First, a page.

3Com Agrees to Purchase Chipcom for $700 Million - NYTimes.com
Feb 17, 2014
3Com Agrees to Purchase Chipcom for $700 Million
Published: July 28, 1995
SANTA CLARA, Calif. July 27— The 3Com Corporation agreed today to buy the Chipcom Corporation for roughly $700 million in stock, creating the nation's second-largest maker of computer network equipment. The combined companies would rank behind only Cisco Systems Inc. in the $10-billion-year market for network devices. 3Com will be able to sell a wider range of products to corporate customers that want to buy equipment from as few suppliers as possible. "This is a business of setting up networks," said Paul Merenbloom, analyst at Piper Jaffray. "For 3Com, this takes care of how to deal with this marketplace. "
The transaction, 3Com's 10th acquisition in three and a half years, is the latest in a consolidating industry. The accord comes as Chipcom's explosive growth of the last five years is beginning to slow. 3Com, based here, gains Chipcom's expertise in making high-end computer network equipment and its line of hubs, the electronic devices that serve as switching boards that route data in a network. 3Com is one of the fastest-growing companies in the network-systems market, and integrates newly acquired businesses well, analysts said. 3Com said the acquisition was expected to hurt fiscal second-quarter results, but would be "neutral to slightly positive" in the second half. Chipcom shares gained $7.50 today to close at $37.25, but 3Com shares lost $2.125, closing at $73.50. Both are traded on the Nasdaq. Under terms of the transaction, 3Com would exchange 0.53 of a share of its common stock for each of Chipcom's 17.53 million shares outstanding. The transaction is subject to the approval of shareholders of Chipcom, based in Southborough, Mass. 3Com plans to take a $50 million to $60 million charge in the quarter the acquisition is completed, Eric Benhamou, chairman and chief executive, said. The companies expect to complete the deal before December. "This verifies a trend that has existed for three years -- and that is the convergence of the hub, router and switch markets," Laurence Walker, general manager of the Digital Equipment Corporation's networking business, said. "This is just a further stage in the consolidation of the market. "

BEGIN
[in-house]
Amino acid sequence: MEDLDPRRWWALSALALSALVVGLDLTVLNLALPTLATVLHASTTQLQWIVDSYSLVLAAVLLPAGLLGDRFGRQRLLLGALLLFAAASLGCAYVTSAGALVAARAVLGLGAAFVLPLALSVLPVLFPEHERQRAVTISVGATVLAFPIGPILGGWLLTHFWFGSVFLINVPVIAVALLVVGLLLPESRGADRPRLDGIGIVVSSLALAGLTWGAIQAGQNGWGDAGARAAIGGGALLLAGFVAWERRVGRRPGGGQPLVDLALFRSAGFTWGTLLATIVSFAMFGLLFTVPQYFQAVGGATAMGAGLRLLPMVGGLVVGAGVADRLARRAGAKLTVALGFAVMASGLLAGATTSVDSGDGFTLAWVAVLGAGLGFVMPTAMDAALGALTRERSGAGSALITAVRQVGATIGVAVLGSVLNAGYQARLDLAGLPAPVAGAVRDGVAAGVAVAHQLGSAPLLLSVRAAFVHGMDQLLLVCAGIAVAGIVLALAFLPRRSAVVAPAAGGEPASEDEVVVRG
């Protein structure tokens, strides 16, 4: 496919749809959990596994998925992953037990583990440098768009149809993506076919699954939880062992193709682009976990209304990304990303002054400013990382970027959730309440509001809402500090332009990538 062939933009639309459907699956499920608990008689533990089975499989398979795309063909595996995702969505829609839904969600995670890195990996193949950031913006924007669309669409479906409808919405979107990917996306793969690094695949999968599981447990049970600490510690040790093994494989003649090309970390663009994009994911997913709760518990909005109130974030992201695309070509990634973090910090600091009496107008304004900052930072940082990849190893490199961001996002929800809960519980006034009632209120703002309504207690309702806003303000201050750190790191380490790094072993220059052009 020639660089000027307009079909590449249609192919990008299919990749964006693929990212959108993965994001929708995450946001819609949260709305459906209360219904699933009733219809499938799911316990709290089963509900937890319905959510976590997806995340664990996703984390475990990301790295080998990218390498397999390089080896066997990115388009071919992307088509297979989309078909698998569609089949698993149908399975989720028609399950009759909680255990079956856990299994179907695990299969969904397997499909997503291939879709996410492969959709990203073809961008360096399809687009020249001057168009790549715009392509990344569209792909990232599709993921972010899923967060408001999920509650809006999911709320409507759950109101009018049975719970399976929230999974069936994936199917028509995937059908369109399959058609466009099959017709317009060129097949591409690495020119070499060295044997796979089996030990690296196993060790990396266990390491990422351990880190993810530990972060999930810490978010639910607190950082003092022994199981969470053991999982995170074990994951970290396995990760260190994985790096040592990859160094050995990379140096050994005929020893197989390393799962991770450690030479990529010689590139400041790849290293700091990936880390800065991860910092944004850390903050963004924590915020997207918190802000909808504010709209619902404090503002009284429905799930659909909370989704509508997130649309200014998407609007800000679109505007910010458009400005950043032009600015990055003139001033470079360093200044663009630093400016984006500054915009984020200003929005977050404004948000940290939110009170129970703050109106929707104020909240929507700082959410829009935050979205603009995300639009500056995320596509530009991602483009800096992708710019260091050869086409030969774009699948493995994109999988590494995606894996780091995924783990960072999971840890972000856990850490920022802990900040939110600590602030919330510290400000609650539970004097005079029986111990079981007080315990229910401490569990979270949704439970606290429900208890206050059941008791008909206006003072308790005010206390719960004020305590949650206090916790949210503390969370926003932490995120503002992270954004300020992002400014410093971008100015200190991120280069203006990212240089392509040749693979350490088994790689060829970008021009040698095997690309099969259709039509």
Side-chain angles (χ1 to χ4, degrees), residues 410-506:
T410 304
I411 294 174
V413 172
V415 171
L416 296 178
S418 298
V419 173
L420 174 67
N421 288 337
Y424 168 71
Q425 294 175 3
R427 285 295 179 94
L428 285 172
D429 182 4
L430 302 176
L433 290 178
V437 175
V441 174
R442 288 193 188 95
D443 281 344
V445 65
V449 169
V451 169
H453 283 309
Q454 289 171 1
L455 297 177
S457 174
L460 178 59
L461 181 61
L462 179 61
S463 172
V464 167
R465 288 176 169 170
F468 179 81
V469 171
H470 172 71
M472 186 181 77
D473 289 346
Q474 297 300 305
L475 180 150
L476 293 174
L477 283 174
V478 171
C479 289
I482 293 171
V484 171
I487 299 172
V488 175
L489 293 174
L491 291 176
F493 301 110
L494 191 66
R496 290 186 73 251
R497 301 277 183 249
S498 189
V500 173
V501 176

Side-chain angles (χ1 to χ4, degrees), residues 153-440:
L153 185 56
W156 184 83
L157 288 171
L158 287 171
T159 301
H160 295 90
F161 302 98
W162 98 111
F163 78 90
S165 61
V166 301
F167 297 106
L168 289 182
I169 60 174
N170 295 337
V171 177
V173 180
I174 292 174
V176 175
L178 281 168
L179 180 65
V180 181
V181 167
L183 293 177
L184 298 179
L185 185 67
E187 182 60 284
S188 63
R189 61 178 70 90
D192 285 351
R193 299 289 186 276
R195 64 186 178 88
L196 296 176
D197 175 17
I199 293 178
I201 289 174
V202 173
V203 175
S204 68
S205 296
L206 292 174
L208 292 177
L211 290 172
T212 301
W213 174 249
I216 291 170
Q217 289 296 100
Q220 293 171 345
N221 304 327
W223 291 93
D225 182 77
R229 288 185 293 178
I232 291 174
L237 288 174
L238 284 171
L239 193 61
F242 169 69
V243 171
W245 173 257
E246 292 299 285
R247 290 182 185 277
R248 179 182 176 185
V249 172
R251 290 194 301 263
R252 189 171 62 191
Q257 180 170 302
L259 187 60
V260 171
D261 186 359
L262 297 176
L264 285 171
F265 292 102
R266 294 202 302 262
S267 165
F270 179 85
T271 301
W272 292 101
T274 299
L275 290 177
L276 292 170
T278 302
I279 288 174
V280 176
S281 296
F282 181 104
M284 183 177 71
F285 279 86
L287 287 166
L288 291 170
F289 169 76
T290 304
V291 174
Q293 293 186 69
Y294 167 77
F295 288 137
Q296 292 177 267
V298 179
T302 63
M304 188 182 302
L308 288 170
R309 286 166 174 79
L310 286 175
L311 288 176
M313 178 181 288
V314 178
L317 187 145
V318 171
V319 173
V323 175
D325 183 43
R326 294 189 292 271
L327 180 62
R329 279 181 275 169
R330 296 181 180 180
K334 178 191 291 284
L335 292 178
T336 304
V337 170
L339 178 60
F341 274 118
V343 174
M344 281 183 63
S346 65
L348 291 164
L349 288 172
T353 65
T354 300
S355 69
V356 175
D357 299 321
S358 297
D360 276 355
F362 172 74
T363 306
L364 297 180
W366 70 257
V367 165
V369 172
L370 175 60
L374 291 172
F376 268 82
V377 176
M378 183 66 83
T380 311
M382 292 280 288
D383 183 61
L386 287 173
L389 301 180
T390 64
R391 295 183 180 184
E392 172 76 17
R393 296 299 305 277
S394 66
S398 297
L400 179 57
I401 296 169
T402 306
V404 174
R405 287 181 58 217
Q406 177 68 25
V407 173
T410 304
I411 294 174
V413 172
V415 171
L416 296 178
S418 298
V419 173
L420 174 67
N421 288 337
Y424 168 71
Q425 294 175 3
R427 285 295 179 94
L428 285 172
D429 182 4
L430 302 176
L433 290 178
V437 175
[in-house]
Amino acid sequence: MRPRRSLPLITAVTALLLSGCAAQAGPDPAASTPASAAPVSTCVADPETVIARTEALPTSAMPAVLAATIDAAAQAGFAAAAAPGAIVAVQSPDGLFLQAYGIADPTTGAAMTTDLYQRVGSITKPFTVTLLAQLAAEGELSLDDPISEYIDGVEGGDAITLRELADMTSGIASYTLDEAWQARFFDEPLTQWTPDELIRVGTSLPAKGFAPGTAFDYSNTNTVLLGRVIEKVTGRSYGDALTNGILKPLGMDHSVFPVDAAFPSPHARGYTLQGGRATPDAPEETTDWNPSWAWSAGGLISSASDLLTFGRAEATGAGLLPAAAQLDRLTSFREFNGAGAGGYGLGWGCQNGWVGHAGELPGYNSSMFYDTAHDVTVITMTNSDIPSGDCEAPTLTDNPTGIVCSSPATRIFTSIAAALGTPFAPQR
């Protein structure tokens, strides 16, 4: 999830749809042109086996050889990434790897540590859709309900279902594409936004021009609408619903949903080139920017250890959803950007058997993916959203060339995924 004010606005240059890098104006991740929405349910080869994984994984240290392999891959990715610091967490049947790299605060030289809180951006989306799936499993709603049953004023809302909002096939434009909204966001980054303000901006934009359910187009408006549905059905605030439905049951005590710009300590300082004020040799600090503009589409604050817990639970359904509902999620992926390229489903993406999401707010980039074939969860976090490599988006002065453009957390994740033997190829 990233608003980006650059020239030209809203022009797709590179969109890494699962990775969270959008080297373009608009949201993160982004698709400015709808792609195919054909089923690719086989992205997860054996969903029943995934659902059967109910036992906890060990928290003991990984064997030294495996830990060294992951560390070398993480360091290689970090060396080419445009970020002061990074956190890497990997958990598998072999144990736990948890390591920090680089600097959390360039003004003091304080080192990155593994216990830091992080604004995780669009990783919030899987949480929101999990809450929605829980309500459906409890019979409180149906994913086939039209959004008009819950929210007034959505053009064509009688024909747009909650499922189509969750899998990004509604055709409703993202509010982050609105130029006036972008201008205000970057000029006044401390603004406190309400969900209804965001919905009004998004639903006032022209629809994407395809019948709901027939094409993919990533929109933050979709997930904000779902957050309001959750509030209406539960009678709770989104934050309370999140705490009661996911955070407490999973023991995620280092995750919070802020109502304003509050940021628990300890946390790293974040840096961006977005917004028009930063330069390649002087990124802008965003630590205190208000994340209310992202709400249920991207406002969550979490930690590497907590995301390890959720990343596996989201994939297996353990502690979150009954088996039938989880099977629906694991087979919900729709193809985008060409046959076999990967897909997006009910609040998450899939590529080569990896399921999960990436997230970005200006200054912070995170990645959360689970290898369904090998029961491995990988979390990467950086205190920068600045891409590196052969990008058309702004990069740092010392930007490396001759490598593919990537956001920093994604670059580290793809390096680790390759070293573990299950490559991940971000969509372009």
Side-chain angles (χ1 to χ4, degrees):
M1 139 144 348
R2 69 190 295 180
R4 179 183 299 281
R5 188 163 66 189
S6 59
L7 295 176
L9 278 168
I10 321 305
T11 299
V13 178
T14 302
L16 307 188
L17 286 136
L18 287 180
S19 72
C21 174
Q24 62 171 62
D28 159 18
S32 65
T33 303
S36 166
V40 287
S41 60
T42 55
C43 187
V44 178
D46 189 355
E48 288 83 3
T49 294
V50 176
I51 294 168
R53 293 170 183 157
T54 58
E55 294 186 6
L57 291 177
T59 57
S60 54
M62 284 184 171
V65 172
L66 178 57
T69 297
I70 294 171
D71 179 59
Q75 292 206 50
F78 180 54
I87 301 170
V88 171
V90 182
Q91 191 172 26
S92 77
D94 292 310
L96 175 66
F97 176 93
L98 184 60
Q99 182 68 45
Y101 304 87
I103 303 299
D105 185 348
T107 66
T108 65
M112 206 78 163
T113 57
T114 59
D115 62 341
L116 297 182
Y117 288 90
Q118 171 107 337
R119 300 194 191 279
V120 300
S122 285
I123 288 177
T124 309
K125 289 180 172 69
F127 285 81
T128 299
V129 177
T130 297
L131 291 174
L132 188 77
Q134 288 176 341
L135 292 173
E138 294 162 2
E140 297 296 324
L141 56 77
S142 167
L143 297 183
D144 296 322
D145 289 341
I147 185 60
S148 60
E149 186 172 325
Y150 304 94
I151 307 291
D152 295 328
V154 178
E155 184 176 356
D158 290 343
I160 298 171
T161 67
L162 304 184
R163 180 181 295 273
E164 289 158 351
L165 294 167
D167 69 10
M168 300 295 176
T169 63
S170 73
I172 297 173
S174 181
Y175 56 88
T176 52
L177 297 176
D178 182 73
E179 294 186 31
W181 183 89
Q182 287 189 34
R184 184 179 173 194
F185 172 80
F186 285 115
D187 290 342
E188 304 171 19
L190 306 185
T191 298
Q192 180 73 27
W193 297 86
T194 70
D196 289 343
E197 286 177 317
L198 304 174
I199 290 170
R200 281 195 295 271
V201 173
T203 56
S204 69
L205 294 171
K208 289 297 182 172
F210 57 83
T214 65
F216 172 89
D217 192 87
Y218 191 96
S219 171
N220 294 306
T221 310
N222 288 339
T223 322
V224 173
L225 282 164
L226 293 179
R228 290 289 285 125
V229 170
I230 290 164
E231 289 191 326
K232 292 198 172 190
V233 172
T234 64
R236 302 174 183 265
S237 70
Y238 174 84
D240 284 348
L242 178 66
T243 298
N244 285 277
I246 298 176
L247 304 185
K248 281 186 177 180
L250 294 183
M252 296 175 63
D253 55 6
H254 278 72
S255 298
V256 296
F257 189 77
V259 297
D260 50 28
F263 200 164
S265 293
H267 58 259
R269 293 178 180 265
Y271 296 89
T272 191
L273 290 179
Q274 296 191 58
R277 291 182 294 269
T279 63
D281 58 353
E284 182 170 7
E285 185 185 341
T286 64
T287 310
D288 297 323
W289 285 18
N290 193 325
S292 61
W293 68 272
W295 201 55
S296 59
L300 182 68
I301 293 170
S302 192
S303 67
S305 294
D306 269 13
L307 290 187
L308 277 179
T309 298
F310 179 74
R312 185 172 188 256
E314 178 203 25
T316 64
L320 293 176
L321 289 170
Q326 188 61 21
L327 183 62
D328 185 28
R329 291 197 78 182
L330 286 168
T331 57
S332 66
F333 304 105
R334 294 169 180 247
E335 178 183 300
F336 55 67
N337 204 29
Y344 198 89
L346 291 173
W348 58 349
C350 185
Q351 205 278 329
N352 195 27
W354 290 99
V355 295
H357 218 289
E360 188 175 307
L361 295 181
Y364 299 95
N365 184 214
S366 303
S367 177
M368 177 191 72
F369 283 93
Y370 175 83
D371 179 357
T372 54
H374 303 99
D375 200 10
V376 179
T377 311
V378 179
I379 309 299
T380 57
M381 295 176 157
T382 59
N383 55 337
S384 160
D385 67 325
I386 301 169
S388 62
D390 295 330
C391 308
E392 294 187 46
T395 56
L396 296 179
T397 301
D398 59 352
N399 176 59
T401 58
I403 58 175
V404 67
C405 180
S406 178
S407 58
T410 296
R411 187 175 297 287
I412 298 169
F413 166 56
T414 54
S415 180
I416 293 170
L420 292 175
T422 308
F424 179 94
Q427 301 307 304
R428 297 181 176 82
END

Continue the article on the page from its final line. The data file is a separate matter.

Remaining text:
3Com has grown from a company that sold adapter cards that slide into a personal computer and other networking hardware products with sales of $156 million in 1987 to 1995 fiscal year revenue of $1.3 billion. In 1987, 3Com merged with Bridge Communications, and the company has been expanding by acquisitions ever since. Just this year, 3Com bought AccessWorks, Sonix Communications and Primary Access. The purchases broadened 3Com's product offering, but it has remained on the periphery of the core networking business of hubs and routers. "They could never get into the bread and butter part of the market," said Roxane Googin, an analyst for Gruntal & Company. "What Chipcom allows them to do is become an across-the-board competitor right away. " Chipcom's presence in the high-end market for hubs is complementary with 3Com's low-end products and distribution, she added. "I think it puts the heat on Bay Networks and Cabletron," she said, referring to competitors. The acquisition comes at a time when Chipcom faces declining sales from its biggest distributor, the International Business Machines Corporation. In the latest quarter, Chipcom's net income plunged 81 percent as I.B.M. cut shipments of Chipcom hubs because of an inventory backlog. About 38 percent of Chipcom's revenue comes from products sold by I.B.M. 3Com said it had a "memorandum of understanding" from I.B.M. that the distribution agreement with Chipcom would continue following the acquisition.